Doyenne Holly Robinson Peete shares her passions on life.
It takes one look at Holly Robinson Peete to understand why New Orleans Living turned to the accomplished actress and author, dedicated philanthropist, supportive wife and full-time mom for some positive New Year’s inspiration.
But as flawless as the gorgeous superwoman appears, she insists she is human.
“Today was a cheat day for me, but tomorrow is another day,” says Peete, regarding sugar, her absolute Kryptonite. “I like to eat big for the holidays and celebrate food, but if I stayed on the straight and narrow path most of the week, then I’ve earned the right, like with anything in life; that’s what I’m trying to show my kids. You can tell them ’til you’re blue in the face, but if they don’t see you doing it, forget it!”
Indeed, Peete’s four children see their mom doing plenty good, not only by making healthy food choices, but also through her passionate work with the HollyRod Foundation, which she founded with her husband, retired NFL quarterback Rodney Peete. The foundation focuses on giving care to those living with autism and Parkinson’s disease — fitting tributes to both Peete’s eldest son, RJ, who was diagnosed with autism, and to her father, Matthew T. Robinson, Jr., who enjoyed a successful career in the entertainment industry, including playing Gordon on “Sesame Street,” and who later developed Parkinson’s.
“When my dad got Parkinson’s in the mid-‘80s, there was no Google, Mohammed Ali or Michael J. Fox to shine a light on what the heck it was,” Peete says. “Now we know certain foods you eat play a role, and that exercise is key for staving off symptoms. Exercise is probably the No. 1 thing you can do for yourself, not only with Parkinson’s, but in life.”
Peete has attained many of the goals she’s set for the HollyRod Foundation. “I wanted to provide an outlet for hope and inspiration for families experiencing what was, for us, a devastating diagnosis. People say to me, ‘My family member got diagnosed … ’ and I say, here’s the good news: Today you have a template you can follow to help you live a quality life. And my ultimate goal is to have a place for every family in the country to get treatment and not have to worry about paying for it — to be like the St. Jude [Children’s Research Hospital] model. I want to share info with families for when their children age out, become adults, need jobs and need to be a part of society. I get a rush knowing that I did something to help alleviate someone’s grief, and I want my kids to see what I’m doing because I want them to live a life of service as well.”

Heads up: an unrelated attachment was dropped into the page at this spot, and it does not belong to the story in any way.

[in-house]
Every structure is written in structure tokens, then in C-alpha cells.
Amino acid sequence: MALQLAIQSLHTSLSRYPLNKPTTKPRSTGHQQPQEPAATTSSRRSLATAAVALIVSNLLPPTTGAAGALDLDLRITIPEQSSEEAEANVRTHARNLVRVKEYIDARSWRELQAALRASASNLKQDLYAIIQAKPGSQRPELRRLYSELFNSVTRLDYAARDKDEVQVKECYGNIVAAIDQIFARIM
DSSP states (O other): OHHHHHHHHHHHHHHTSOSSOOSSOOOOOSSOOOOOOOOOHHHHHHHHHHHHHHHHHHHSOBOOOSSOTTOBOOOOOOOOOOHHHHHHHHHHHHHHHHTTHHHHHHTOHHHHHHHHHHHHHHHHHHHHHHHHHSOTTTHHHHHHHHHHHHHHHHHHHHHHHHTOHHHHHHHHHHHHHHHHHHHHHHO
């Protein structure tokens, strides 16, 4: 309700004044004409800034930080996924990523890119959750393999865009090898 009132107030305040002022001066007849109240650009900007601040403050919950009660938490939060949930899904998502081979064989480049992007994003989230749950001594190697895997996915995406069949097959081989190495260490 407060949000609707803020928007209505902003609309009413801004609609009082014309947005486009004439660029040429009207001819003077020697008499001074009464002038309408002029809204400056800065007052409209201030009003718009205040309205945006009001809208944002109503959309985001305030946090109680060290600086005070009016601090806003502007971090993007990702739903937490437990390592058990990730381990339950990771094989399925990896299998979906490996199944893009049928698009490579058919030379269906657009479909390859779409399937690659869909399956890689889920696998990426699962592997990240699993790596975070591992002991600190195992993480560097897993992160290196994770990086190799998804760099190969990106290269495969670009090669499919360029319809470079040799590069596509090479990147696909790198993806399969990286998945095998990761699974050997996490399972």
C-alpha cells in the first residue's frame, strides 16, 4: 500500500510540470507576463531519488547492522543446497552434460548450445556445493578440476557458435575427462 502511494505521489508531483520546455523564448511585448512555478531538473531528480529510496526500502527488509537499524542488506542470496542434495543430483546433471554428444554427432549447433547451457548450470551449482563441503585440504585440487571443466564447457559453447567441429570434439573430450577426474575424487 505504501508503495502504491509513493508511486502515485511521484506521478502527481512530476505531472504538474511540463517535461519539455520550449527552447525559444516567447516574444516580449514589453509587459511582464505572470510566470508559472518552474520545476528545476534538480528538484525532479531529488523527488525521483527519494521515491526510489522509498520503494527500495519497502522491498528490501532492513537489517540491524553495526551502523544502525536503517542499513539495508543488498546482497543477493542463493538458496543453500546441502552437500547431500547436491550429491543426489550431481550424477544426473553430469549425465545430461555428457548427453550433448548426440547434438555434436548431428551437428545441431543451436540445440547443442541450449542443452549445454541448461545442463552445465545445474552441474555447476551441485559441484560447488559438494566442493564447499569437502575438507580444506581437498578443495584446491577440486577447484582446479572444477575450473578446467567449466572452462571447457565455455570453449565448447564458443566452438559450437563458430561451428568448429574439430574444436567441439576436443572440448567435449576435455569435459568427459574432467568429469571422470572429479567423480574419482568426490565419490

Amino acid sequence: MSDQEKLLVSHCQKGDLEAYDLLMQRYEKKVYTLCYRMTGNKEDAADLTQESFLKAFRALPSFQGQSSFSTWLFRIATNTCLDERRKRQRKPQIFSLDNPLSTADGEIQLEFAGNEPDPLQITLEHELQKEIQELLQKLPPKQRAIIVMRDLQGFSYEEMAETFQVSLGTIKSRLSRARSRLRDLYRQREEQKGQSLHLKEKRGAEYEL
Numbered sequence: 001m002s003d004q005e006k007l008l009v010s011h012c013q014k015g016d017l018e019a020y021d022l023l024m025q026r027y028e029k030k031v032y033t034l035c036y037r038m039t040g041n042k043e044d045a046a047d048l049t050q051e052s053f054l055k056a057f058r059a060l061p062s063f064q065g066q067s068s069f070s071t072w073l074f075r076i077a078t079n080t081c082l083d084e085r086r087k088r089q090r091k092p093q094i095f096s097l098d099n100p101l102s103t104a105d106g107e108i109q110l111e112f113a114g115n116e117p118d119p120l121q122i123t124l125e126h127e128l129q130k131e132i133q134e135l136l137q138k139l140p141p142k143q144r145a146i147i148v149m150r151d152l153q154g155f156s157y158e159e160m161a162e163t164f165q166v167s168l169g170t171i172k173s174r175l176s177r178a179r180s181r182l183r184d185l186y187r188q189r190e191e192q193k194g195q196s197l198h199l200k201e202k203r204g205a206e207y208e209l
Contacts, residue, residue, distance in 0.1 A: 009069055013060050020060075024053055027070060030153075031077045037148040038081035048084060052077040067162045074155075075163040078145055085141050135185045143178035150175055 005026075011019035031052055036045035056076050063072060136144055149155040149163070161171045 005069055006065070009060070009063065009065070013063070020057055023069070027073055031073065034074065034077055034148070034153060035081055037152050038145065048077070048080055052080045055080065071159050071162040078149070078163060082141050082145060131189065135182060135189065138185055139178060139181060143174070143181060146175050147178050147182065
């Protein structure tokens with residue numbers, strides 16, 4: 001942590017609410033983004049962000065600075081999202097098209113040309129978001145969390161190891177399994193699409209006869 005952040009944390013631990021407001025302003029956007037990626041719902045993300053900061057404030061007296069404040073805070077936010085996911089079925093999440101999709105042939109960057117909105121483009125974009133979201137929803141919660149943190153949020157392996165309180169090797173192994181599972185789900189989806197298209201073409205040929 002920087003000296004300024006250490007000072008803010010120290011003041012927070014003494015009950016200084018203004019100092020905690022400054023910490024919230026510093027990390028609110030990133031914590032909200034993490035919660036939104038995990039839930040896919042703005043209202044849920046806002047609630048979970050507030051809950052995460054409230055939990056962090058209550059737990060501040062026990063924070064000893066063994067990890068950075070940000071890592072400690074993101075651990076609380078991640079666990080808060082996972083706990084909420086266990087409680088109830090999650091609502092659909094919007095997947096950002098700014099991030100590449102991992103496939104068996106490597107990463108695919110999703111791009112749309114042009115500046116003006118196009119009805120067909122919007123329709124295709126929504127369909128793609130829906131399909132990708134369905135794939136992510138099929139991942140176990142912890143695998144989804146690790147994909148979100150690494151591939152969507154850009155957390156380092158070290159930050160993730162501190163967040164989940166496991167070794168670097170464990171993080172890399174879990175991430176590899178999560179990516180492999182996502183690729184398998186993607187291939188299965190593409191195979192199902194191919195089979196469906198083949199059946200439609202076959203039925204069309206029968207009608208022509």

Along with her charitable endeavors, Peete is hard at work this year. “I have a busy, crazy life with four kids, and I’m trying to stay relevant in Hollywood, on the road to 50,” Peete says with a laugh. She’s developing a daytime TV project after realizing how comfortable she was doing live television on “The Talk” for one year. She’s also considering some sitcom work. And the sequel to “My Brother Charlie,” the book she and daughter Ryan Elizabeth Peete wrote about autism and acceptance, will be out in 2014. “It’s about autism and adolescence,” she says. “My son is 16, and he has challenges; that’s what we’re living now. We want to help families get through it.”
When it comes to work locations, New Orleans is at the top of Peete’s list. She was able to parlay a cameo shoot for the film “21 Jump Street” into a trip to the Big Easy. Not surprisingly, New Orleans is the city where she exhibits her biggest weakness for food. “There is something so magical about New Orleans food,” she says. “I will save up for it. I don’t know how you all live down there! This past Super Bowl, I ate myself silly and had the time of my life.”
Peete adores New Orleans architecture almost as much as the food, especially the home of actress Jennifer Coolidge. “When we went to a party at Jennifer’s home, I tried to figure out how I could live there,” Peete says. “How can I bring all of my family and live in this house? There is something so magical about New Orleans, and Jennifer’s house has so much love in it. I understand the fascination of wanting to be down there.”
For now, Peete is ringing in the New Year family-style. “My dad is gone, but his birthday is New Year’s Day,” she says. “So it’s a huge celebration remembering his awesome legacy, and my mom is still with us; she’s a lot of fun — a real spitfire. And when we make our resolutions, everyone has to videotape themselves on what they want to change, what they loved and didn’t love about last year, and then we play them back every year, and everyone is stone-cold busted! We look at each other and go, ‘Oh-oh, I didn’t quite get that done!’” It’s all in fun, a life element obviously important to Peete. “We need to focus on the things we’ve done instead of what we haven’t done, because everyone’s accomplished something,” she adds. “New Year’s is always an opportunity to start over and have some new beginnings.”
For more information on the HollyRod Foundation, please visit hollyrod.org